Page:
What is SMI pins on the MOBO panel?

Discussion in 'Asus' started by Go Tyler, Dec 15, 2005.

  1. Go Tyler

    Go Tyler Guest

    I found it.

    As a quick introduction, SMIs were introduced to the x86 world by the 386SL.
    It was created to allowed systems designers to have access to the CPU while
    unspecified software of any type was running. The reasons for this are
    obvious when you look at the market the 386SL was aimed it. It was Intel's
    first attempt at a truly mobile CPU. SMIs allowed the BIOS to control
    various aspects of power management on the CPU, regardless of what kind of
    OS was running on top of it. That was a good thing in the days when DOS
    still ruled the land. DOS knew as much about power management as your
    average light bulb, and letting the system designer control how and when
    devices were turned on and off seemed like a great solution. The problem is
    how it was implemented

    To implement SMI, Intel created a new interrupt pin on their CPU,
    appropriately named the SMI# pin. When this pin was asserted, (turned on,
    essentially) the system would halt everything it was doing, save state, and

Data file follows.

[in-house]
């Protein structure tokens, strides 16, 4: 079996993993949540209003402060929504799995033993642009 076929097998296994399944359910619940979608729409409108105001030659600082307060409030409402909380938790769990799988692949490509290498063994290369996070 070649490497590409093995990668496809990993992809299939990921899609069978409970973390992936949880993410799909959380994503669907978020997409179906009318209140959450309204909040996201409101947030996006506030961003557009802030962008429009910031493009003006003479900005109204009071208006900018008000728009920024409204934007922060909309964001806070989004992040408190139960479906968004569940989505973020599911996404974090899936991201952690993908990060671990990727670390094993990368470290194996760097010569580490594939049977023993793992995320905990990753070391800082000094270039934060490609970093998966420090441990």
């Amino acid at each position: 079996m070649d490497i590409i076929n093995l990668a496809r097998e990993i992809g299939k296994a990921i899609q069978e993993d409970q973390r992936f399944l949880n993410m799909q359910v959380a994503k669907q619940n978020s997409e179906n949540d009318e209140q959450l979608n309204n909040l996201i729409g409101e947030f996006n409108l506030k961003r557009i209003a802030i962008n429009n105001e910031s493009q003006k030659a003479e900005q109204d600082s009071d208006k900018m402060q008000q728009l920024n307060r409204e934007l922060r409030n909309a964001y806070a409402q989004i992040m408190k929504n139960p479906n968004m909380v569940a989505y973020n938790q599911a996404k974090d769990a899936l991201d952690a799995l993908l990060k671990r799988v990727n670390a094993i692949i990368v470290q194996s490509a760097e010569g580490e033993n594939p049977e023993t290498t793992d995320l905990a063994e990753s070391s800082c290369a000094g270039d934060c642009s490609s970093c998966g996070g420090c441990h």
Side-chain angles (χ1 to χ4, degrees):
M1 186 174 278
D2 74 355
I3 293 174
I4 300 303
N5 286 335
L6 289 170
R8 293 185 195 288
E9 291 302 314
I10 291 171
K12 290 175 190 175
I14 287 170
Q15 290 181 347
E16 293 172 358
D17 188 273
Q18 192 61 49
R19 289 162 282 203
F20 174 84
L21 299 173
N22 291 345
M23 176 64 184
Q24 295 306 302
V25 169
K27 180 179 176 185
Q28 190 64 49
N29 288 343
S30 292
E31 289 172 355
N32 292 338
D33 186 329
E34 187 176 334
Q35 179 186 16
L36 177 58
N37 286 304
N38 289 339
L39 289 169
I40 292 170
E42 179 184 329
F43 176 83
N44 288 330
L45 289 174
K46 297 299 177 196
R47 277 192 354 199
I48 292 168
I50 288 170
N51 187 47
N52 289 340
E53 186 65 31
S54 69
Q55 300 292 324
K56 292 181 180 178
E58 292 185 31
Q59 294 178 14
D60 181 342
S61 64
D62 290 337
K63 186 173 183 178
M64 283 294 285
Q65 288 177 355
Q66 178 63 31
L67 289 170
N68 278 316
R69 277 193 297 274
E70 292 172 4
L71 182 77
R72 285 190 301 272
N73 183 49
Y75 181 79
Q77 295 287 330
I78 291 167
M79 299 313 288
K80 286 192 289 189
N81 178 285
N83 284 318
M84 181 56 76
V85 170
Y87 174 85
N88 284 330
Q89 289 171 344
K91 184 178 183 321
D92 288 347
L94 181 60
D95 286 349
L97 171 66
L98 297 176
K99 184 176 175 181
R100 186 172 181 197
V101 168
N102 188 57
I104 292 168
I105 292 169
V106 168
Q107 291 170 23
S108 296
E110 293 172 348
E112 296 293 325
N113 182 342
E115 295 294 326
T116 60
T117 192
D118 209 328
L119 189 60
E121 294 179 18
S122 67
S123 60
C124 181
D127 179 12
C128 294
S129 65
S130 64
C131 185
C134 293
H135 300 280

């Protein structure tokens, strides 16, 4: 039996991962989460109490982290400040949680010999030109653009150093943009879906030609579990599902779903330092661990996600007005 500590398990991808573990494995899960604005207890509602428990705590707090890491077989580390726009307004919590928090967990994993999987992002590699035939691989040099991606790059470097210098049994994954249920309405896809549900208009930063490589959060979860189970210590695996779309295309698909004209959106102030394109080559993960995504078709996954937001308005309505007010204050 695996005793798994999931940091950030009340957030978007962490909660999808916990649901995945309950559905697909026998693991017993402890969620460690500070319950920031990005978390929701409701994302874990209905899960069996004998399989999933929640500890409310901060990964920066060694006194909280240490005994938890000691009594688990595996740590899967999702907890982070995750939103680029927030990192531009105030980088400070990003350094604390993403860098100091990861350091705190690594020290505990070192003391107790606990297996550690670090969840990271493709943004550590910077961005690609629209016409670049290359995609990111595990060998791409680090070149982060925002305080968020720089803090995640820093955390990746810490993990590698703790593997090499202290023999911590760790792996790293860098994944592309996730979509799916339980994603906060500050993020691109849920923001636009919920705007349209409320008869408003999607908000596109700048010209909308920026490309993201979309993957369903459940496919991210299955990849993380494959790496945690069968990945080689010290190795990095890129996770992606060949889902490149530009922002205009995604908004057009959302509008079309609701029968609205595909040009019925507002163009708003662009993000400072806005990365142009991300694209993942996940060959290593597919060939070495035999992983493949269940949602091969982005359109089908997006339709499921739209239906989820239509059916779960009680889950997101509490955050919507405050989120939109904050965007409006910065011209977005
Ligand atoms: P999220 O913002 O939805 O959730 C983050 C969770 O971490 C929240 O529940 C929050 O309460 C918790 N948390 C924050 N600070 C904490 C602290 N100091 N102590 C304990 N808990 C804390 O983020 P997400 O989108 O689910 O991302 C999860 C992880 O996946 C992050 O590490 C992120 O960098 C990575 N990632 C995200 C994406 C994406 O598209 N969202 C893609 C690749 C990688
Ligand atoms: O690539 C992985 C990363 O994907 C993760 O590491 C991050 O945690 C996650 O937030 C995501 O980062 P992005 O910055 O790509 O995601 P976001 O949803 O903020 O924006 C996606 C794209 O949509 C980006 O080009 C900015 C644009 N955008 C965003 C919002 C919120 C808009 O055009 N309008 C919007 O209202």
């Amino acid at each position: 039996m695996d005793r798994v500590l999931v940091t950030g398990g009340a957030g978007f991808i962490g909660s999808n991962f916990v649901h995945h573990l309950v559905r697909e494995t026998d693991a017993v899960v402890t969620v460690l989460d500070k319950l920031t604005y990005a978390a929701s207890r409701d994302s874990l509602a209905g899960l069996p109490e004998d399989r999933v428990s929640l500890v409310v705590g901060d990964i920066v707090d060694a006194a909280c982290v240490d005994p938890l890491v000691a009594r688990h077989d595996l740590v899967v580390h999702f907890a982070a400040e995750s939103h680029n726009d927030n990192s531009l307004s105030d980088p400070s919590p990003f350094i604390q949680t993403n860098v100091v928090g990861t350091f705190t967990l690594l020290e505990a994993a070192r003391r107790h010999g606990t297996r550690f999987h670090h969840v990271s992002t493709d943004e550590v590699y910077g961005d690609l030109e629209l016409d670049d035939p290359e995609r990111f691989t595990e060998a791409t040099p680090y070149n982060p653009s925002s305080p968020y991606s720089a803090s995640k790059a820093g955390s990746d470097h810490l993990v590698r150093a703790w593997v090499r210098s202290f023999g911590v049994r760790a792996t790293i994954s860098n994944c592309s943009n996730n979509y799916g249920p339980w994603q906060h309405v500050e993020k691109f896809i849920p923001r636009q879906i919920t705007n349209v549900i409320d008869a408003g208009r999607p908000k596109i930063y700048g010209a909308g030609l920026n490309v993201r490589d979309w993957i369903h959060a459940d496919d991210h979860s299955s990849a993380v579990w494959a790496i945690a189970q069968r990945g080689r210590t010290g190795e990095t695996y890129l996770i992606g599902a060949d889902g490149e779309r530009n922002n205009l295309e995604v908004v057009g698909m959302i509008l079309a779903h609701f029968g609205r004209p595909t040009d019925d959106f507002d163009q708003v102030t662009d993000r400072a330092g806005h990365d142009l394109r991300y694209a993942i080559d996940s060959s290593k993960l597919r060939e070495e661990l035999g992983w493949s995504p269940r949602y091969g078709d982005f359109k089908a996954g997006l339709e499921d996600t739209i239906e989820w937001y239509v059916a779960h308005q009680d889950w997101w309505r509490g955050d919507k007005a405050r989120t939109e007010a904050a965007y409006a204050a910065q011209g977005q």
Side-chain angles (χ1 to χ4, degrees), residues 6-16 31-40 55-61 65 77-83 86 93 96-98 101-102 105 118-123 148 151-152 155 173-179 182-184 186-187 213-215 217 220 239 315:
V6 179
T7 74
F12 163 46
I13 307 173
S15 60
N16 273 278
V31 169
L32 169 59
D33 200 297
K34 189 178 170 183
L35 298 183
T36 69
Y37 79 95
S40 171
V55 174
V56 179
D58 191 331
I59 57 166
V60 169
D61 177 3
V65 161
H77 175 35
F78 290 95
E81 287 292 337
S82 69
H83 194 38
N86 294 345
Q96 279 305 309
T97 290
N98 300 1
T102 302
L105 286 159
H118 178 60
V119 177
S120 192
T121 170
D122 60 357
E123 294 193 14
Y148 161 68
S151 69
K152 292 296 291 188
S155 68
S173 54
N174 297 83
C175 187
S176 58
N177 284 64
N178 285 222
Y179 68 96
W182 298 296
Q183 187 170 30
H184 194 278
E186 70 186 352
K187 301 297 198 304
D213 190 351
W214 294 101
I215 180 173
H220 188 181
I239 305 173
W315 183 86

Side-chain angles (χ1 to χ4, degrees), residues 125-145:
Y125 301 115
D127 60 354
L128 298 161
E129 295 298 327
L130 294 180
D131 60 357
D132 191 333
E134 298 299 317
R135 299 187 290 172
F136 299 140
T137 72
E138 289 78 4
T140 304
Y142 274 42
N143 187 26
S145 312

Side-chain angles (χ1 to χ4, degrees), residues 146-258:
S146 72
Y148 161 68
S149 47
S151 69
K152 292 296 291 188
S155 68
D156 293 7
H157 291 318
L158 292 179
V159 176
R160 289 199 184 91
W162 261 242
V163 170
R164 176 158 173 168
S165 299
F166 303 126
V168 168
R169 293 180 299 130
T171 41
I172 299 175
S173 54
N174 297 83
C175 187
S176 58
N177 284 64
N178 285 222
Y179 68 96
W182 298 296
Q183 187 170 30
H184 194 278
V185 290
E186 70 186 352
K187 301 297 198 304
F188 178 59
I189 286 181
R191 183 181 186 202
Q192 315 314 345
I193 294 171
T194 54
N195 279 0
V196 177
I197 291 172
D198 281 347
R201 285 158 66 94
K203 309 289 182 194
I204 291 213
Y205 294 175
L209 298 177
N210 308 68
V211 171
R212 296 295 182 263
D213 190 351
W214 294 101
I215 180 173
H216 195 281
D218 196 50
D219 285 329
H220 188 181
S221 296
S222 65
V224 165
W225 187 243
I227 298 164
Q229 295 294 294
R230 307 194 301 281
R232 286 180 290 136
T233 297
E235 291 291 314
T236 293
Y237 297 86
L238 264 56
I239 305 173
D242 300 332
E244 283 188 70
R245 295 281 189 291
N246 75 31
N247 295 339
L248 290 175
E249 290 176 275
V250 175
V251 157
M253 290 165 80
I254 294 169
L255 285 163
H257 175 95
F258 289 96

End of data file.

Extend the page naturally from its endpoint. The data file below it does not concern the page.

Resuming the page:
transition into System Management Mode (SMM). SMM is essentially another
    entire operating mode for the CPU, just like Real Mode, V86 Mode, and
    Protected Mode. The big difference here is that this mode can't be signaled
    from software, and everything that happens is 100% transparent to software.
    Once the system enters into SMM mode, it's truly like time stands still.
    Everything you know about the state of the system can change from underneath
    you from one instruction to the next. This includes every part of the OS,
    which generally assumes, (rightfully so) that things will always be a
    certain way until it says otherwise.



    ----- Original Message -----
    From: "Go Tyler" <>
    Newsgroups: alt.comp.periphs.mainboard.asus
    Sent: Wednesday, December 14, 2005 7:34 PM
    Subject: What is SMI pins on the MOBO panel?
     
    Go Tyler, Dec 15, 2005
    #1
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